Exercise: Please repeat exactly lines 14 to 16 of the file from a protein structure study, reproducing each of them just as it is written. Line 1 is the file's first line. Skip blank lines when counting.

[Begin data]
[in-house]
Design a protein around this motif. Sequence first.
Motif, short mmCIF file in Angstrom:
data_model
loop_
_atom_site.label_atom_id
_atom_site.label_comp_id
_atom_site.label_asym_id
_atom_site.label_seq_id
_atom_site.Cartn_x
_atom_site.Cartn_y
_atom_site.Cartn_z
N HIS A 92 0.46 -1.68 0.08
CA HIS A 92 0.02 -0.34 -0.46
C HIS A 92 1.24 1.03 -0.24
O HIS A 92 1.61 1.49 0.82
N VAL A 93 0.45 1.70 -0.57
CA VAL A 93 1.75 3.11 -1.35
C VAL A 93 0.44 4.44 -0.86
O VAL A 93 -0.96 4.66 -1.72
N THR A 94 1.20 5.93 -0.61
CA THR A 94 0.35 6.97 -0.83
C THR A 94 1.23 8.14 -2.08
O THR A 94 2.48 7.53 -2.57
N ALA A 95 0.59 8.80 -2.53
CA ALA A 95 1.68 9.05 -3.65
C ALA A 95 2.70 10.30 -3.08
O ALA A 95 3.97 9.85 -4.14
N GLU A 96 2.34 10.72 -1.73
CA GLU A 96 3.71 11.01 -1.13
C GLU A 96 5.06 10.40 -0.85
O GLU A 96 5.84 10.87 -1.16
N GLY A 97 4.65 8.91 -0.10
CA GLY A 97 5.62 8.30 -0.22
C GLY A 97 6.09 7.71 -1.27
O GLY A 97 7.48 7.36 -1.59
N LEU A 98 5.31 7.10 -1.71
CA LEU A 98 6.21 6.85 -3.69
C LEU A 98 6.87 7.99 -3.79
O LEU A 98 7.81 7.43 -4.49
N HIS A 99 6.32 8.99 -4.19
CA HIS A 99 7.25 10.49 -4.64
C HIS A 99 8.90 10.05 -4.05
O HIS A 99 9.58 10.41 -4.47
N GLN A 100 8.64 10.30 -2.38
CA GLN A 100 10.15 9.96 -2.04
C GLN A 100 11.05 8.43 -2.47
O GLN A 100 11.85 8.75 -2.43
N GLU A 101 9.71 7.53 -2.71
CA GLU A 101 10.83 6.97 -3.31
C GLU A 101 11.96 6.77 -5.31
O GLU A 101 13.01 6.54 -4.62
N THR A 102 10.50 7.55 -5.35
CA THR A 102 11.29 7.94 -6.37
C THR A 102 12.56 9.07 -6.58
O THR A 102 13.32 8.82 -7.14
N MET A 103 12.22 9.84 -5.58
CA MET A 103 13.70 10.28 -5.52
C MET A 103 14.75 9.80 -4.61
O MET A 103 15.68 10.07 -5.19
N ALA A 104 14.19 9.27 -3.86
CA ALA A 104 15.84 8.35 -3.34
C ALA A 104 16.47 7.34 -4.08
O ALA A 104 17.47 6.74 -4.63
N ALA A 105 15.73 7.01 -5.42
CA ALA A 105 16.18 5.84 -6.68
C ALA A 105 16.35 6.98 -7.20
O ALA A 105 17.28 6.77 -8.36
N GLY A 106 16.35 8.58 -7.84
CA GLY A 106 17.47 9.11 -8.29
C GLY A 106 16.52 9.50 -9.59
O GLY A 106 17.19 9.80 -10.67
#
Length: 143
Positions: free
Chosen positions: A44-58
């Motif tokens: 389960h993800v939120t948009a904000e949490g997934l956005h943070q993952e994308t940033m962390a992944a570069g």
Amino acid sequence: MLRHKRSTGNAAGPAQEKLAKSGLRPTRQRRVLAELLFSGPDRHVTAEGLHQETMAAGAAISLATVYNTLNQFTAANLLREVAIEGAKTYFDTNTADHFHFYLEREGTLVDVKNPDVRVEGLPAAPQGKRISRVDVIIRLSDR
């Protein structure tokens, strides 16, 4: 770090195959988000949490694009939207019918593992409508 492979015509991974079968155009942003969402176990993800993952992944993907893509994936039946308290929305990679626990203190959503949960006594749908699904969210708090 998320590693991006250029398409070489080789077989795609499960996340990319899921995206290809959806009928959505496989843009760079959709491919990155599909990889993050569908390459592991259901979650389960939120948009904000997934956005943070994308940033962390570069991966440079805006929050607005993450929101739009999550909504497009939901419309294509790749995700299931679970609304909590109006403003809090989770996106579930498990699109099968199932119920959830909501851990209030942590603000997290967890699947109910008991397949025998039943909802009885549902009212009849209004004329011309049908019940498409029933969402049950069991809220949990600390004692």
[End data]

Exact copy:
CA HIS A 92 0.02 -0.34 -0.46
C HIS A 92 1.24 1.03 -0.24
O HIS A 92 1.61 1.49 0.82